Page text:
IN A TOWN where there seem sometimes to be only issues and forces ("Kennedy forces," "Carter forces") and communities (the "arts community," the "defense community") and an artificial, floating idea known variously as "the public" or "the people," we believe we have just heard that rarest of sounds: a human voice. It belongs to Juanita Kreps, who is going back to North Carolina now, having resigned from her job as secretary of commerce. Mrs. Kreps gave an interview to Post staff writer Hobart Rowen that appeared in the paper Saturday, and it was extraordinary -- precisely because it was so "ordinary," so unassuming and plain. In explaining why we found these remarks to be distinctive and arresting, we have an awful feeling that the word we are looking for is "honest."
Mrs. Kreps, under the prevailing system of virtues and values, could have been forgiven for being many things -- bitter, cynical, angry or malicious, lobbing just one good old parting grenade over her shoulder on the way back to Durham, N.C. After all, she was cuffed around pretty thoroughly by colleagues in the administration; she had a claim and a duty to be in on; she tried to get in (it was never any secret Washington that she objected to her exclusion from the economic inner circle) and she was still left out; there was a diabolical coincidence of tragedies and disappointments in her personal and political lives -- her husband's illness, her disillusion with life in the capital, her growing dissatisfaction with the economic theories she had spent a lifetime teaching.
"You do lose faith in the catechism after a while," she told Mr. Rowen -- this by way of acknowledging, without defensiveness or self-justification, that she, along with others, had been wrong. And again: "All of us concentrated on [things like] this week's CPI number, rather than the fundamental problems of, say, productivity declines." Mrs. Kreps was as straightforward in her assessement of her own failure to get more power and say-so. She offered it as her opinion that she could perhaps have been a little more noisy and aggressive ("without jeopardizing my basically mousy nature"), that she was "plagued" by "constant reference" to her "soft-spoken and gentle" ways and that her style was not the kind that has much of a Washingon payoff.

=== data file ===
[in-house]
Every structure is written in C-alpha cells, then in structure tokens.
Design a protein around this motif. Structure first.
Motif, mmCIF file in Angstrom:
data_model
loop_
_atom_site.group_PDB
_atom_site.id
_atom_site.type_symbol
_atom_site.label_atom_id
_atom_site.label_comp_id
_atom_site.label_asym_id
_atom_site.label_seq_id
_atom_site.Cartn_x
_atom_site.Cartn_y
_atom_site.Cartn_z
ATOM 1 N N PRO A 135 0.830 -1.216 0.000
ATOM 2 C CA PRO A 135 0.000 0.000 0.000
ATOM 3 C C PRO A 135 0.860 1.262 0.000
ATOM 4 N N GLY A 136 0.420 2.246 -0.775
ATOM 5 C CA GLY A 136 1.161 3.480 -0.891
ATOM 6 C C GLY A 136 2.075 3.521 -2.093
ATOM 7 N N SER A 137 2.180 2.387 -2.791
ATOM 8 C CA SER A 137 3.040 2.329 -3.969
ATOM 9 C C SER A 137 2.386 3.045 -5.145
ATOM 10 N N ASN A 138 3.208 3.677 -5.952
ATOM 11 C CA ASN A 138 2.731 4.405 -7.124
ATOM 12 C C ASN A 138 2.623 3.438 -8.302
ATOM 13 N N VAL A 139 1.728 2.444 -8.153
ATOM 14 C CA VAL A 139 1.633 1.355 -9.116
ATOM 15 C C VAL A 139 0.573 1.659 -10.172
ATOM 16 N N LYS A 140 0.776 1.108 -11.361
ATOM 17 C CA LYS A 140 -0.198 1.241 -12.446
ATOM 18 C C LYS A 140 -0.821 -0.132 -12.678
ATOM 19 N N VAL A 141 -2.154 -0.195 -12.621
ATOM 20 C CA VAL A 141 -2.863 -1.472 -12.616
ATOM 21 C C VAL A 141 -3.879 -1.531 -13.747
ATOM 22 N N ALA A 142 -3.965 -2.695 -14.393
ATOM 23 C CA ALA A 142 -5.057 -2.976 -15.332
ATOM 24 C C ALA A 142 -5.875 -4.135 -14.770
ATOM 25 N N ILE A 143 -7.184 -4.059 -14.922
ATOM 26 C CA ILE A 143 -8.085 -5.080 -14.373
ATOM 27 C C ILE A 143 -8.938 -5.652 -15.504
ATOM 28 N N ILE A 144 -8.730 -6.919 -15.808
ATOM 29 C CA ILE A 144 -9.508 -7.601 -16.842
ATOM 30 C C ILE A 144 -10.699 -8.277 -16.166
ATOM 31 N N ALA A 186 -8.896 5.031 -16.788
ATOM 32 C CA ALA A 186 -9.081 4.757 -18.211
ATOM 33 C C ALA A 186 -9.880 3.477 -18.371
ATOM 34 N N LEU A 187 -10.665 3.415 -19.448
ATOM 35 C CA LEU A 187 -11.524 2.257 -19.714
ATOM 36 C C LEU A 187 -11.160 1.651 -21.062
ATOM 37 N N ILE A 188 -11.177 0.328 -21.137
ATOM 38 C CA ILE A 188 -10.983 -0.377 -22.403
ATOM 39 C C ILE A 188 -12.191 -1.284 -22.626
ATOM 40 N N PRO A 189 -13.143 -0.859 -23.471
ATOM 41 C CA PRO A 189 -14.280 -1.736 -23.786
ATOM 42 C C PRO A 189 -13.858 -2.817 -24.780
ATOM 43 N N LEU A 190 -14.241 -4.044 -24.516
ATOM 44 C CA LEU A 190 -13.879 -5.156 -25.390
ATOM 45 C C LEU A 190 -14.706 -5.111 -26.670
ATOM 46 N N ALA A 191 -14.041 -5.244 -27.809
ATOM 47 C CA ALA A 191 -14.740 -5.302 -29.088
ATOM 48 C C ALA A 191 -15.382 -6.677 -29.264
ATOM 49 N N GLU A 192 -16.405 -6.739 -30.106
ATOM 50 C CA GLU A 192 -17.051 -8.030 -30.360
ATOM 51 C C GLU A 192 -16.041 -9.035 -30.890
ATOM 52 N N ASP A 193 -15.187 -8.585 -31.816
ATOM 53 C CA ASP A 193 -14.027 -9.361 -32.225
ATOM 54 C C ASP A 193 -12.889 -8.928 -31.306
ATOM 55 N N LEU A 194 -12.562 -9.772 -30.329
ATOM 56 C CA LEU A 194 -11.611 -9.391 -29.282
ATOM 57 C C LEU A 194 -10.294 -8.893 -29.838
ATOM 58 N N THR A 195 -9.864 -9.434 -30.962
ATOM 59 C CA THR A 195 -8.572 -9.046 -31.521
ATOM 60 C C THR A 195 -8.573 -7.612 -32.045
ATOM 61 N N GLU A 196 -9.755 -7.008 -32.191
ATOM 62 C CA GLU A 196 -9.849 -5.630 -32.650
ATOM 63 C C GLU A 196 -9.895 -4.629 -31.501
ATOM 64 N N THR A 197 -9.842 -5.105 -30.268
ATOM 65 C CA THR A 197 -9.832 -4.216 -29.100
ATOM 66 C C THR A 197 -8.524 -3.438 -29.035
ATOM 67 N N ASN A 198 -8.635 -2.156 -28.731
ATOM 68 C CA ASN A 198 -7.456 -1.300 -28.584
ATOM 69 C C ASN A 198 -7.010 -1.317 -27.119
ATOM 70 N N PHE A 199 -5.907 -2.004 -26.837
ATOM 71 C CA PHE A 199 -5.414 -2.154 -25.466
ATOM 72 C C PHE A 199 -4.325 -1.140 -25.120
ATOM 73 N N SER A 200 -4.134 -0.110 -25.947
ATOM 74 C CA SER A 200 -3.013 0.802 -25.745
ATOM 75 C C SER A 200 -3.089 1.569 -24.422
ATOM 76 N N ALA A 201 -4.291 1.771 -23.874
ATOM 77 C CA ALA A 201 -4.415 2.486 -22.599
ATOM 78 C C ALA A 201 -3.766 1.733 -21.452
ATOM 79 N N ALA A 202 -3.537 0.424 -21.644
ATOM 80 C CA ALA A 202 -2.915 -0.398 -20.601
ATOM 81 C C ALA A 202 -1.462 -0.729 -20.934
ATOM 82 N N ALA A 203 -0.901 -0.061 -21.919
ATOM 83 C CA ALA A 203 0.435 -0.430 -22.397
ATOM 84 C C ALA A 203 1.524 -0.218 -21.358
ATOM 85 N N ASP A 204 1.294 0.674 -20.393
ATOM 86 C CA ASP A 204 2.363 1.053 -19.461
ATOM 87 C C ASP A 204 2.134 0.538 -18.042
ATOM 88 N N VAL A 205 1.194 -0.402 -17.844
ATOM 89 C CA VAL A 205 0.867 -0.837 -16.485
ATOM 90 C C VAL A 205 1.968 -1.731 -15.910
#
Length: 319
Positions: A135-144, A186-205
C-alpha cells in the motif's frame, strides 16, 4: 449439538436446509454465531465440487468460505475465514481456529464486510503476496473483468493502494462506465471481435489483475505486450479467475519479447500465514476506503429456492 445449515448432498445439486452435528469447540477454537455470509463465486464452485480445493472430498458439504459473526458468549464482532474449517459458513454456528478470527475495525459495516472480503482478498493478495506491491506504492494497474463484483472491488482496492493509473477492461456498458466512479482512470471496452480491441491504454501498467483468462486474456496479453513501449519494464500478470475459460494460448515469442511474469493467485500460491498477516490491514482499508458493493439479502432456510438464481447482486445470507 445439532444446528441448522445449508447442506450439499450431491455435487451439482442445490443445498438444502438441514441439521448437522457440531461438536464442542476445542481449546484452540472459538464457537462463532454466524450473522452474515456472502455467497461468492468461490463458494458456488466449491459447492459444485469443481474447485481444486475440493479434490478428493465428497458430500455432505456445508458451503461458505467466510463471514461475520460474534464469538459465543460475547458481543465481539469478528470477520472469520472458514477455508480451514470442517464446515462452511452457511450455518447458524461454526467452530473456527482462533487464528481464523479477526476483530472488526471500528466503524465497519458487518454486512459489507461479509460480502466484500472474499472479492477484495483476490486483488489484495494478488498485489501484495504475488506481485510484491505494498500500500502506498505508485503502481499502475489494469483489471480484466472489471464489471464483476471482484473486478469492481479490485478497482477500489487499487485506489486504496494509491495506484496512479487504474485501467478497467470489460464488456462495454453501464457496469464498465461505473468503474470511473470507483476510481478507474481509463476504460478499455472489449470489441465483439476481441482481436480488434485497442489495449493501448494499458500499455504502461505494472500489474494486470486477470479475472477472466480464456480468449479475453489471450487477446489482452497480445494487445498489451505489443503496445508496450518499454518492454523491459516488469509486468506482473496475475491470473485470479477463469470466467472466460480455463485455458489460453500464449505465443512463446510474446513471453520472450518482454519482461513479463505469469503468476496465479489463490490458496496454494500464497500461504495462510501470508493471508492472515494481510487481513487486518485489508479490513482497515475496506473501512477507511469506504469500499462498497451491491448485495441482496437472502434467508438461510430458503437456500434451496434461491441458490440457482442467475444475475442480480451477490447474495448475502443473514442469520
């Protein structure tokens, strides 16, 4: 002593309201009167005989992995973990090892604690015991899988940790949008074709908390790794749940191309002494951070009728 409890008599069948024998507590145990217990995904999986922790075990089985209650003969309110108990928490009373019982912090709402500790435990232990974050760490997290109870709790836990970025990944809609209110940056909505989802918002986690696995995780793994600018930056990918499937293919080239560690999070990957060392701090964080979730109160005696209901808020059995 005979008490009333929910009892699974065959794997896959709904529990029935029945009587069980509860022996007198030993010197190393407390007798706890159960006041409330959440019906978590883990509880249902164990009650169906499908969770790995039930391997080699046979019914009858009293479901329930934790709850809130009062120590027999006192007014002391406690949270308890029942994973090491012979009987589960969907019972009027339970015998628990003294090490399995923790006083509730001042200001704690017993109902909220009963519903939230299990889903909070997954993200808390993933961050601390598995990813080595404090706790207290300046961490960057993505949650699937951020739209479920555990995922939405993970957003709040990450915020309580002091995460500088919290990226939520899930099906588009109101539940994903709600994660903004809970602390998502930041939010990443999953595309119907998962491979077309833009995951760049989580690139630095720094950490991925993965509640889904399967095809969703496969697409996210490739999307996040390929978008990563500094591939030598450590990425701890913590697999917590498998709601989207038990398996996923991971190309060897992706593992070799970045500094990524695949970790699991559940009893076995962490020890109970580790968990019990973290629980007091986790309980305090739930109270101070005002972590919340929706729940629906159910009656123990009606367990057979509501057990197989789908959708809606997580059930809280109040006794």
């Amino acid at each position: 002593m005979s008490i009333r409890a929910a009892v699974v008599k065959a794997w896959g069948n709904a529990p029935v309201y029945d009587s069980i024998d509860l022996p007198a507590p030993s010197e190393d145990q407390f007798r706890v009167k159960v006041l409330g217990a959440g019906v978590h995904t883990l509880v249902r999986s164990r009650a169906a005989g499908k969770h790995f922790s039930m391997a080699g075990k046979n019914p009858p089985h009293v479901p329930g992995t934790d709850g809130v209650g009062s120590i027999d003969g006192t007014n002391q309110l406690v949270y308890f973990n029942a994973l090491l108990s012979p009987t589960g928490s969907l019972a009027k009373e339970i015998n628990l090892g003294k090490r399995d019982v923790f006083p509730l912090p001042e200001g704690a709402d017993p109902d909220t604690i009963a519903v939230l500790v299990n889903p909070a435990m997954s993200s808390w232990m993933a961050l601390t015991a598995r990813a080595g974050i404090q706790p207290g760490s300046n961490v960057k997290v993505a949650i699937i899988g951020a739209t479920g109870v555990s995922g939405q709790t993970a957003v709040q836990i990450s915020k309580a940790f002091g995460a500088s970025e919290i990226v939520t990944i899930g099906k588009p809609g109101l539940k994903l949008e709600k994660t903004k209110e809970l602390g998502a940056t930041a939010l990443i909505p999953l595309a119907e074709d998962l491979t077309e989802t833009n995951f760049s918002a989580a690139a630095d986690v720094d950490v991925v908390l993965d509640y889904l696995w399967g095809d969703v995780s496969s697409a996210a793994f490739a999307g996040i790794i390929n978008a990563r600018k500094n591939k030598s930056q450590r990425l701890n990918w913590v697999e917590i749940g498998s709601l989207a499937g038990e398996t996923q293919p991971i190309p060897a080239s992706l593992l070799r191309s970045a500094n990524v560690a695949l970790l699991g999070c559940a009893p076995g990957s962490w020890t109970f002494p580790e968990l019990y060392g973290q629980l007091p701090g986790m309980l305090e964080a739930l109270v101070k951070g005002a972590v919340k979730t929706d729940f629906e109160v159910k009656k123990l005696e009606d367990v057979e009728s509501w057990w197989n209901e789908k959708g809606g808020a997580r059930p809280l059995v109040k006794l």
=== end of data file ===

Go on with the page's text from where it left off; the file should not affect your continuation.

Nothing vindictive there, and also, interestingly, nothing embarrassed or suggestive of some subtle, unstated secondary motive; just the gently unflattering (to everyone) truth as Mrs. Kreps sees it. At one place in the interview, Mrs Kreps declares that "there is a terrifying quality to coming to Washington for a major job." That is no doubt true. But just as truly one of the terrors must be that personality and character of the jobholder will disintegrate or become corrupted under the pressure, the heat. And on that score, Mrs. Kreps need have no fears. Self-evidently she leaves Washington with the same great personal dignity she brought here. Not everyone, to put it mildly, can say as much.